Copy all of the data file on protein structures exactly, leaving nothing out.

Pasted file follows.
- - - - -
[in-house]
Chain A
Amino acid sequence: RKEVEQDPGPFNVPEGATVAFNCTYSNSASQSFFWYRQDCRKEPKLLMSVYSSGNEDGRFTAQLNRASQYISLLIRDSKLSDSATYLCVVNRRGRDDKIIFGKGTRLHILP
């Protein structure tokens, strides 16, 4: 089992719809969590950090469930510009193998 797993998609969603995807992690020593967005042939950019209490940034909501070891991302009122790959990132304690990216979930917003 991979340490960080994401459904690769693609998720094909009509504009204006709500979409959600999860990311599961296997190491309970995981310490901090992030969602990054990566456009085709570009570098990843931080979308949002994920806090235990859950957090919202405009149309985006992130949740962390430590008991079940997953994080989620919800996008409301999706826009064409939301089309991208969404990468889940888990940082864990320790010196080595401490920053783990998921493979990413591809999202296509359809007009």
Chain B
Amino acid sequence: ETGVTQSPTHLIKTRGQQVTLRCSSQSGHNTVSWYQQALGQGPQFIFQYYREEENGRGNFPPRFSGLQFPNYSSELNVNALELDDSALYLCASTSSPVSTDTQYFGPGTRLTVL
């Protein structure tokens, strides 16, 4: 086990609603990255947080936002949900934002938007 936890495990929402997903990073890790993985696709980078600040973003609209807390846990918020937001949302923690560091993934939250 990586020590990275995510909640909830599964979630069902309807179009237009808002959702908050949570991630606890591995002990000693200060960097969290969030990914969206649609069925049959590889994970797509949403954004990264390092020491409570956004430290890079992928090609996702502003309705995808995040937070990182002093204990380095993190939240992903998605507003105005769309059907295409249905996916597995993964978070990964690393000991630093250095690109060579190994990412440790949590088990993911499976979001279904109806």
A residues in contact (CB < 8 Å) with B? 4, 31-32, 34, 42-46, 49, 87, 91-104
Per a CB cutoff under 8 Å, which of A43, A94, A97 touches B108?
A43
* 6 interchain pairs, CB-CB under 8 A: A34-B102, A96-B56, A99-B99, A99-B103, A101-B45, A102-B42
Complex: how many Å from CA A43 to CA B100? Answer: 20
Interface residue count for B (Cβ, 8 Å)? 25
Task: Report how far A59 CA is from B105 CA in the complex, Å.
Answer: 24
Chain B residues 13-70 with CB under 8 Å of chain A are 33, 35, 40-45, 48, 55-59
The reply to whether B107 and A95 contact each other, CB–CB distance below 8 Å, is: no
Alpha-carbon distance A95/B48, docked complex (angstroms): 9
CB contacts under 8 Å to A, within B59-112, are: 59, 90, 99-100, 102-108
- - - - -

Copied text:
[in-house]
Chain A
Amino acid sequence: RKEVEQDPGPFNVPEGATVAFNCTYSNSASQSFFWYRQDCRKEPKLLMSVYSSGNEDGRFTAQLNRASQYISLLIRDSKLSDSATYLCVVNRRGRDDKIIFGKGTRLHILP
């Protein structure tokens, strides 16, 4: 089992719809969590950090469930510009193998 797993998609969603995807992690020593967005042939950019209490940034909501070891991302009122790959990132304690990216979930917003 991979340490960080994401459904690769693609998720094909009509504009204006709500979409959600999860990311599961296997190491309970995981310490901090992030969602990054990566456009085709570009570098990843931080979308949002994920806090235990859950957090919202405009149309985006992130949740962390430590008991079940997953994080989620919800996008409301999706826009064409939301089309991208969404990468889940888990940082864990320790010196080595401490920053783990998921493979990413591809999202296509359809007009």
Chain B
Amino acid sequence: ETGVTQSPTHLIKTRGQQVTLRCSSQSGHNTVSWYQQALGQGPQFIFQYYREEENGRGNFPPRFSGLQFPNYSSELNVNALELDDSALYLCASTSSPVSTDTQYFGPGTRLTVL
């Protein structure tokens, strides 16, 4: 086990609603990255947080936002949900934002938007 936890495990929402997903990073890790993985696709980078600040973003609209807390846990918020937001949302923690560091993934939250 990586020590990275995510909640909830599964979630069902309807179009237009808002959702908050949570991630606890591995002990000693200060960097969290969030990914969206649609069925049959590889994970797509949403954004990264390092020491409570956004430290890079992928090609996702502003309705995808995040937070990182002093204990380095993190939240992903998605507003105005769309059907295409249905996916597995993964978070990964690393000991630093250095690109060579190994990412440790949590088990993911499976979001279904109806």
A residues in contact (CB < 8 Å) with B? 4, 31-32, 34, 42-46, 49, 87, 91-104
Per a CB cutoff under 8 Å, which of A43, A94, A97 touches B108?
A43
* 6 interchain pairs, CB-CB under 8 A: A34-B102, A96-B56, A99-B99, A99-B103, A101-B45, A102-B42
Complex: how many Å from CA A43 to CA B100? Answer: 20
Interface residue count for B (Cβ, 8 Å)? 25
Task: Report how far A59 CA is from B105 CA in the complex, Å.
Answer: 24
Chain B residues 13-70 with CB under 8 Å of chain A are 33, 35, 40-45, 48, 55-59
The reply to whether B107 and A95 contact each other, CB–CB distance below 8 Å, is: no
Alpha-carbon distance A95/B48, docked complex (angstroms): 9
CB contacts under 8 Å to A, within B59-112, are: 59, 90, 99-100, 102-108